A number of environmental groups, led by the Gulf Restoration Network and the Natural Resources Defense Council, filed two lawsuits to force the Environmental Protection Agency to set and enforce water quality standards for the Mississippi River. The lawsuits, filed in New Orleans and New York, target nutrient pollution from farm fields and sewage treatment plants. The pollution contributes to the massive “dead zone” in the Gulf of Mexico.

Read a Reuters report on the two suits. Read a Des Moines Register article focusing on Iowa and the Midwest. Read the court filings.

California nitrate pollution worsens 
Nitrate contamination of groundwater in some of the state’s most intensely farmed regions has grown worse in recent decades and will continue to spread, threatening the drinking water supplies  of more than 250,000 people, according to a new study.

The research, conducted by UC Davis scientists, underscores the complexity of dealing with nitrate pollution, which is largely the result of nitrogen leaching into aquifers from fertilizers and manure applied to cropland.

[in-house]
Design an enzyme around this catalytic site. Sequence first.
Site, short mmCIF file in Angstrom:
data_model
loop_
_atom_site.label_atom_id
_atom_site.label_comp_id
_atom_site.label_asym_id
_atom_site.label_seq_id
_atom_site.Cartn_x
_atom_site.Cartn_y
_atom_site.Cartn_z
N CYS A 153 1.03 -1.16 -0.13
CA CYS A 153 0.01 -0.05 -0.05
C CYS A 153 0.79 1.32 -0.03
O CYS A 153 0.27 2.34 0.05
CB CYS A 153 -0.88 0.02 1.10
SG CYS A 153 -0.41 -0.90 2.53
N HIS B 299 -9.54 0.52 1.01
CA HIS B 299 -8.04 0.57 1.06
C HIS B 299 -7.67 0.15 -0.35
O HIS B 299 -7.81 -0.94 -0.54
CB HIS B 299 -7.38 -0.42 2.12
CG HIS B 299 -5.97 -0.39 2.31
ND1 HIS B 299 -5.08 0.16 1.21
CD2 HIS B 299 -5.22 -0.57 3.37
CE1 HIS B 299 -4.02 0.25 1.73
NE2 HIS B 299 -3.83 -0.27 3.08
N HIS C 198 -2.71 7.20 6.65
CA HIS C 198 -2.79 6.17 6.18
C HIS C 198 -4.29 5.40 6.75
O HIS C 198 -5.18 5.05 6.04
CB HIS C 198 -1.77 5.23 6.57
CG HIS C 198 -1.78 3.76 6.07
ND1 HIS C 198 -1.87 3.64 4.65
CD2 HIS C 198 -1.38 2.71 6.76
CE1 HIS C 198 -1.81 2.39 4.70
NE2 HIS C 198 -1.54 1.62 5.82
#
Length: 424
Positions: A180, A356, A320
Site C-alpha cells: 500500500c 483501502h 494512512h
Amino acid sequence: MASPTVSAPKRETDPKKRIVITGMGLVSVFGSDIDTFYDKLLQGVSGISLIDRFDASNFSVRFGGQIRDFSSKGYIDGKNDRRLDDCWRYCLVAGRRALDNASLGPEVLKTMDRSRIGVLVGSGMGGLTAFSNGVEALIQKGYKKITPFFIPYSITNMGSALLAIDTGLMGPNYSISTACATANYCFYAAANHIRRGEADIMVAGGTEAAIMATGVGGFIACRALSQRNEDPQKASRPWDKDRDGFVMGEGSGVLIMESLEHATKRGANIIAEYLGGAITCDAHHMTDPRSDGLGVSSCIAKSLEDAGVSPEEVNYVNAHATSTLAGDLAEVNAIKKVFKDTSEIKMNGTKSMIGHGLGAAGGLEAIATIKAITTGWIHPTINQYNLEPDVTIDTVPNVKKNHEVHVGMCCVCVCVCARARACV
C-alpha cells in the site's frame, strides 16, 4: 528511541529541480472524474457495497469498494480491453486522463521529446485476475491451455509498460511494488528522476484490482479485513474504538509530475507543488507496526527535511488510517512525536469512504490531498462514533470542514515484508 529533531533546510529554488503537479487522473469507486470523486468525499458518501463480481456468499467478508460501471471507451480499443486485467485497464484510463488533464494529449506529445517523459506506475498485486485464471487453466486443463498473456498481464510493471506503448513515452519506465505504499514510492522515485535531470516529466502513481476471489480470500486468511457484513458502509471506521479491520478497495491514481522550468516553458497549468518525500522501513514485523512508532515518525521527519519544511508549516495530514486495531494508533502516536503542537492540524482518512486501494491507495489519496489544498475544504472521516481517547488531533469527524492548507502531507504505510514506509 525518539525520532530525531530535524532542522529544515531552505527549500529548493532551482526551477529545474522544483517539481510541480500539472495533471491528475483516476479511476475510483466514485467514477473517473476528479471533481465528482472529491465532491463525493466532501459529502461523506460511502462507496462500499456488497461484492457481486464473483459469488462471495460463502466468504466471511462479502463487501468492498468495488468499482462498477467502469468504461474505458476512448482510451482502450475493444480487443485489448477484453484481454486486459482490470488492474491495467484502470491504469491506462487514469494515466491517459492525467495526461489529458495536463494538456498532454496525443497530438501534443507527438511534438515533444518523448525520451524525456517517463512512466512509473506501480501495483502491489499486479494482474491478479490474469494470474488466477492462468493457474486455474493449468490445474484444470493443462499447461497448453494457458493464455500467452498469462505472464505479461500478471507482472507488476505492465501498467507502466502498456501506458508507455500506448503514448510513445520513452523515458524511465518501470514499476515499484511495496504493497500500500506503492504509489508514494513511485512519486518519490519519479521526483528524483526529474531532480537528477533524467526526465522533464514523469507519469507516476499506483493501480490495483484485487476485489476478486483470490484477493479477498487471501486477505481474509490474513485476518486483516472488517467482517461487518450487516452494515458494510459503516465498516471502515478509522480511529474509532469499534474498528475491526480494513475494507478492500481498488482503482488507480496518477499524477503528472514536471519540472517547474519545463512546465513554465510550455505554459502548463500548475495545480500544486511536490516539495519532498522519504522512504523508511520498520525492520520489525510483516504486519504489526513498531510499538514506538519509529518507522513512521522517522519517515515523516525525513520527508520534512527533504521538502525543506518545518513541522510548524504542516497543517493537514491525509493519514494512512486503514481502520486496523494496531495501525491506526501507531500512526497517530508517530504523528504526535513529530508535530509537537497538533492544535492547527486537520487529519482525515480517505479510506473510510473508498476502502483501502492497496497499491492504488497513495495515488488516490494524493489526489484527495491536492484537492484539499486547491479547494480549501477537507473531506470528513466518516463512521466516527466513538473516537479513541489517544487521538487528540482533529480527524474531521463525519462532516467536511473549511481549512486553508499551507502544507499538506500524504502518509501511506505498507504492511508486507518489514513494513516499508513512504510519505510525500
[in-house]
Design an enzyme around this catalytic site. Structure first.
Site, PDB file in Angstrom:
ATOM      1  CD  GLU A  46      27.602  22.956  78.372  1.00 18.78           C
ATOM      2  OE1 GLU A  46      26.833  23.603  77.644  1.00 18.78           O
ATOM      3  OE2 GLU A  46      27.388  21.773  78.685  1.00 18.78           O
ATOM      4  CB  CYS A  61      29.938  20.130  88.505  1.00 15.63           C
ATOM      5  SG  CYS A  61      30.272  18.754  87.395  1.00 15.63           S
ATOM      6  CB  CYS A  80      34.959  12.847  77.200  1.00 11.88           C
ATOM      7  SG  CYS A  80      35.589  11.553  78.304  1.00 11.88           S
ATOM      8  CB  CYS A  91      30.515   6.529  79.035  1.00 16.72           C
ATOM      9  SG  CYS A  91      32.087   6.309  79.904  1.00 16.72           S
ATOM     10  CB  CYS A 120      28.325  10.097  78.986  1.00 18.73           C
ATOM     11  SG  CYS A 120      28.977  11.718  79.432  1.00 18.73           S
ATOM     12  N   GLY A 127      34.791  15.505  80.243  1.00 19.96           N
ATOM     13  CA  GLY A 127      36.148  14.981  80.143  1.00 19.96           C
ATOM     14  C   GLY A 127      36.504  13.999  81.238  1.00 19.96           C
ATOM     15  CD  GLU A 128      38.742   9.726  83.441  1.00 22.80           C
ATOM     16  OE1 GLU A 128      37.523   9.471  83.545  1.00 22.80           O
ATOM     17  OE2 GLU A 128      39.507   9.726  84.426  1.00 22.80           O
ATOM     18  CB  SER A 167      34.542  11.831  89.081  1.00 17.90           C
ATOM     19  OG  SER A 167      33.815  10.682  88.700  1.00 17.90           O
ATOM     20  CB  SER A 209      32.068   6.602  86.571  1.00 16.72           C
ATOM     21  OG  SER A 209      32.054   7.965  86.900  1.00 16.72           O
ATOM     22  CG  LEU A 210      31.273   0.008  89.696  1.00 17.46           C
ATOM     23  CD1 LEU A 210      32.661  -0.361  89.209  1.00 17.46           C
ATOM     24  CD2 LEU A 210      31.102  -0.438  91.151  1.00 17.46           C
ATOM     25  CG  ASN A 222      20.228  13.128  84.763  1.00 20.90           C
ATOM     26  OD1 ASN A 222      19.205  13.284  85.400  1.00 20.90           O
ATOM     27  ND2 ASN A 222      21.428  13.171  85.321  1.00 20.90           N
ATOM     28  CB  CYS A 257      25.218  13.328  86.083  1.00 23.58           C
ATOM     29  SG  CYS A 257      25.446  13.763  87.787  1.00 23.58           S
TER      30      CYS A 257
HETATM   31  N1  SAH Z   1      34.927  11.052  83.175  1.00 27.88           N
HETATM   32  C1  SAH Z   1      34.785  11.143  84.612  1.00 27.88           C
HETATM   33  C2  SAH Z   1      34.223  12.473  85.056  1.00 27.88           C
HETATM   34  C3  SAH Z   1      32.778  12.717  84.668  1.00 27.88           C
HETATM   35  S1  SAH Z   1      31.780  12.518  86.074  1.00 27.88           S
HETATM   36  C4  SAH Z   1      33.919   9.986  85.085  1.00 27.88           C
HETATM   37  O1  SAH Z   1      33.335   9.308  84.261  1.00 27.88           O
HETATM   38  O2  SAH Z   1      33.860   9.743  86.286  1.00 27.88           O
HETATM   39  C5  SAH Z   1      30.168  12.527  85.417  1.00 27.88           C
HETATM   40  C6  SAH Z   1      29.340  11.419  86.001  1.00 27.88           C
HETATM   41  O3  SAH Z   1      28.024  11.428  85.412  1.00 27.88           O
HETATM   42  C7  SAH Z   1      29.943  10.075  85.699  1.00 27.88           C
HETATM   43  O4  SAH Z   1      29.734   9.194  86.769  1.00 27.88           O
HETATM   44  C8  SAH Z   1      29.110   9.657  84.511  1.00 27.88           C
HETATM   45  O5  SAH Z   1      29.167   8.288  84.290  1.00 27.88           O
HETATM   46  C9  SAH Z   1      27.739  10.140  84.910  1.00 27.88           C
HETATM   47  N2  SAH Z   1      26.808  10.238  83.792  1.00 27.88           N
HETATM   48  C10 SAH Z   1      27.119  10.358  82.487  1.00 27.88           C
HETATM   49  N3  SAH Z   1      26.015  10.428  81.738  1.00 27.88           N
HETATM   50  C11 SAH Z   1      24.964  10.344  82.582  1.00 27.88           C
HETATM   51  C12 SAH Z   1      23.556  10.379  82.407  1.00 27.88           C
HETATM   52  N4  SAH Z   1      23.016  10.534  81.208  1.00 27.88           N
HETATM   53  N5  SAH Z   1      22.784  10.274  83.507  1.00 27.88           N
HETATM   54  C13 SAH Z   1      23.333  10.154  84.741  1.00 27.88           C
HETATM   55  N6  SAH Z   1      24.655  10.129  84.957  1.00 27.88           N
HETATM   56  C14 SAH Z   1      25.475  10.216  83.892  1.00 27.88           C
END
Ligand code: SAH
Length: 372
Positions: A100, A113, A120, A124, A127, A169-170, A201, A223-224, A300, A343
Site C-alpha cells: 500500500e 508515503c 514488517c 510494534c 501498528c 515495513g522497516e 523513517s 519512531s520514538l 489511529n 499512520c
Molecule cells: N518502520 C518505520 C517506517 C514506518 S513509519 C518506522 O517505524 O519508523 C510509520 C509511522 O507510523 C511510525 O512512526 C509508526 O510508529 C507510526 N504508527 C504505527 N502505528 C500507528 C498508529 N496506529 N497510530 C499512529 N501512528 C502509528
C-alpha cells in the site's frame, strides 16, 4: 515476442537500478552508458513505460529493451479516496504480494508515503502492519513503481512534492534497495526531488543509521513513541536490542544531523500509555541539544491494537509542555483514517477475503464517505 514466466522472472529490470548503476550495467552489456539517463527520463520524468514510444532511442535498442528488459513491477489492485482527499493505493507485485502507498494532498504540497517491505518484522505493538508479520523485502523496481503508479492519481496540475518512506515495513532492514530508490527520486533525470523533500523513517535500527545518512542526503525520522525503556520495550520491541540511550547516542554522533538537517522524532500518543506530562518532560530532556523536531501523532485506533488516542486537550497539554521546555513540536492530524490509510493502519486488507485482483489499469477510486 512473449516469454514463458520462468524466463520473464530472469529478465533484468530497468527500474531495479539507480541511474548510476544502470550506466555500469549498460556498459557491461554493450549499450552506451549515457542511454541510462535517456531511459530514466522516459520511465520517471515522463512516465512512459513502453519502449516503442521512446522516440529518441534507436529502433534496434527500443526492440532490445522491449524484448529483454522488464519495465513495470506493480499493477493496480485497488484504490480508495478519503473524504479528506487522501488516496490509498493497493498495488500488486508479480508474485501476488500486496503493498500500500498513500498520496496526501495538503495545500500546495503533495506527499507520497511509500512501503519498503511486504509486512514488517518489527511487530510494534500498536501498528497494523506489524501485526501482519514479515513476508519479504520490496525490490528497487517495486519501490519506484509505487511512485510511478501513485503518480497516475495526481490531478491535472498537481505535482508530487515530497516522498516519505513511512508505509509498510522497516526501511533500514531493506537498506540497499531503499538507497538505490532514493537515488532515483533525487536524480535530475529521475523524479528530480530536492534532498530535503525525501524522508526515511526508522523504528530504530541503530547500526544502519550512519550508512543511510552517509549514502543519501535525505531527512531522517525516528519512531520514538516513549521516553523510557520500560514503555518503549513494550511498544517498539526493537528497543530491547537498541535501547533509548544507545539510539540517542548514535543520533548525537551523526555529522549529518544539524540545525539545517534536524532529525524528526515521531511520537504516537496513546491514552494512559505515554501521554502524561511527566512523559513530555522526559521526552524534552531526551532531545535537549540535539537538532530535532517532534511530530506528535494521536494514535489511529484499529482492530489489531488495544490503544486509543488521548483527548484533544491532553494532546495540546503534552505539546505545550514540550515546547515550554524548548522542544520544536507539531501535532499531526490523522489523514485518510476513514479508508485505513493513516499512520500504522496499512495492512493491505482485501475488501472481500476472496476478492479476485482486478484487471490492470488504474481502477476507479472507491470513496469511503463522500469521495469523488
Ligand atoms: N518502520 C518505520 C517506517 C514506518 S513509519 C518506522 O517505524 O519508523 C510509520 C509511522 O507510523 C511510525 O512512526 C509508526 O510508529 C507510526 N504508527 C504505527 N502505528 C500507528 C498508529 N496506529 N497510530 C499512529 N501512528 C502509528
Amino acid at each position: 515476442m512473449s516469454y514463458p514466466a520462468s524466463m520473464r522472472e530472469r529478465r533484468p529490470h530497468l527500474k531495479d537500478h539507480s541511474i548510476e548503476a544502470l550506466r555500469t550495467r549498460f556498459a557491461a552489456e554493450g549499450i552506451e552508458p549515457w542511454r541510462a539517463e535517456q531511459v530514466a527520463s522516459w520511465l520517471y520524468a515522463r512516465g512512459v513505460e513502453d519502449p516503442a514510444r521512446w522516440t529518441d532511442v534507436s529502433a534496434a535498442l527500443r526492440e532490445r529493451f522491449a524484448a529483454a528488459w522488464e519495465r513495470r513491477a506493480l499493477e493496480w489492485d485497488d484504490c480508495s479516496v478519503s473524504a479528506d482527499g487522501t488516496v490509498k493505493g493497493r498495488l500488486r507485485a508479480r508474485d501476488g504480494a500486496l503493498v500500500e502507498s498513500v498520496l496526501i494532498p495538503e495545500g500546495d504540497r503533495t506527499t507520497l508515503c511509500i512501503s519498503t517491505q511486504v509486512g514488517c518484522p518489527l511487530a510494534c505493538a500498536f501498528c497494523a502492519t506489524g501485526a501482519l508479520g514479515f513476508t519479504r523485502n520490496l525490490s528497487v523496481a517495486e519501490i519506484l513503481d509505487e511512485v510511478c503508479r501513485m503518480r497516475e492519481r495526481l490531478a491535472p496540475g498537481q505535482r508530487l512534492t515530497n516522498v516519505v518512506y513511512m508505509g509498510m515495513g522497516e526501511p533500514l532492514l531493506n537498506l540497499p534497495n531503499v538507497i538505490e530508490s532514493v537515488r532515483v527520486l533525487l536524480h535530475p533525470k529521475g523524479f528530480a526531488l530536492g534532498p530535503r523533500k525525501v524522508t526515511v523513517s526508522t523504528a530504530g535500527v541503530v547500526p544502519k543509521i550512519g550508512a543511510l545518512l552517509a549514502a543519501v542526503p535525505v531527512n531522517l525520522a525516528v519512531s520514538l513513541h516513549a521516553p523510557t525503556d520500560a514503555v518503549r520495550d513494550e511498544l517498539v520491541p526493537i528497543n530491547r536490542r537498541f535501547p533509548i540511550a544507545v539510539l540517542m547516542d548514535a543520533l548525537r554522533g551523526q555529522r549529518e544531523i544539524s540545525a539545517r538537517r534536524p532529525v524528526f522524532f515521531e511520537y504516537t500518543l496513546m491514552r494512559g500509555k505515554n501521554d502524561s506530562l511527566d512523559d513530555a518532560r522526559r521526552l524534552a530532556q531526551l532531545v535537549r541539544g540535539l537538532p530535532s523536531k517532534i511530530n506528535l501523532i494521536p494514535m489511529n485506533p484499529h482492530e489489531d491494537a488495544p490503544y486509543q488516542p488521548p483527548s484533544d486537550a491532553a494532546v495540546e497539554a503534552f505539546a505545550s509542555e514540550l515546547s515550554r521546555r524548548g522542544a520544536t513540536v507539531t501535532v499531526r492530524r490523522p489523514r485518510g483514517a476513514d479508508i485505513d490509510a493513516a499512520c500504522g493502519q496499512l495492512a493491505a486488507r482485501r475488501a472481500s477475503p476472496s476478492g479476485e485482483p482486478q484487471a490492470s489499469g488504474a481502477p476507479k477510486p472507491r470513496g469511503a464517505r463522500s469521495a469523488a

High nitrate levels have been linked to cancer and reproductive disorders and can be lethal to infants. Examining groundwater data from the southern San Joaquin and Salinas valleys, the authors concluded that even if all farming operations ceased, nitrates would remain in water supplies and continue to spread for decades.
–The Los Angeles Times

Conference March 18 and 19 on aquatic invasives 
A two-day conference in St. Paul will present state and national speakers discussing the threat of aquatic invasive species – both plants and animals. The conference, sponsored by the Minnehaha Creek Watershed District and a number of partners, will be held Monday and Tuesday, March 19 and 20, at the Kelly Inn, near the state Capitol.

The first day will focus on aquatic invasive plants such as flowering rush and curly leaf pondweed, include an update on AIS initiatives during the 2012 Minnesota legislative session and an appearance by U.S. Senator Amy Klobuchar, who has introduced federal legislation to curb the spread of Asian carp. The second day will focus on aquatic invasive animals such as Asian carp and zebra mussels.  Learn more and view an agenda.